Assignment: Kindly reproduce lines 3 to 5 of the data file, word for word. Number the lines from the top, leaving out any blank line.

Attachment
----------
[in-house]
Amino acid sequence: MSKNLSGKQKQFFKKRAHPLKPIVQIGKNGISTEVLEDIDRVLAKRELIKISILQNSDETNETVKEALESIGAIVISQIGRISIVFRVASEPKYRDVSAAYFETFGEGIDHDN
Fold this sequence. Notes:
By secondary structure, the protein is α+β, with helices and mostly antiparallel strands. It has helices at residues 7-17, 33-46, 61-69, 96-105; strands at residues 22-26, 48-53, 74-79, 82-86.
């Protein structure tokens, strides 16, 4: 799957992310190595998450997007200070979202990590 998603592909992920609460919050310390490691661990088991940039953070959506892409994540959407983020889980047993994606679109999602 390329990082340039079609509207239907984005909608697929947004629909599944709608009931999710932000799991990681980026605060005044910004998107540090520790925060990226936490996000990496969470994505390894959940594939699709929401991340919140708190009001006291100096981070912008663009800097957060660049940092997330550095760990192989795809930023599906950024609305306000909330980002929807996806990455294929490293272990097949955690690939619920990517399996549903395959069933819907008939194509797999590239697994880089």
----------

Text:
Fold this sequence. Notes:
By secondary structure, the protein is α+β, with helices and mostly antiparallel strands. It has helices at residues 7-17, 33-46, 61-69, 96-105; strands at residues 22-26, 48-53, 74-79, 82-86.
């Protein structure tokens, strides 16, 4: 799957992310190595998450997007200070979202990590 998603592909992920609460919050310390490691661990088991940039953070959506892409994540959407983020889980047993994606679109999602 390329990082340039079609509207239907984005909608697929947004629909599944709608009931999710932000799991990681980026605060005044910004998107540090520790925060990226936490996000990496969470994505390894959940594939699709929401991340919140708190009001006291100096981070912008663009800097957060660049940092997330550095760990192989795809930023599906950024609305306000909330980002929807996806990455294929490293272990097949955690690939619920990517399996549903395959069933819907008939194509797999590239697994880089």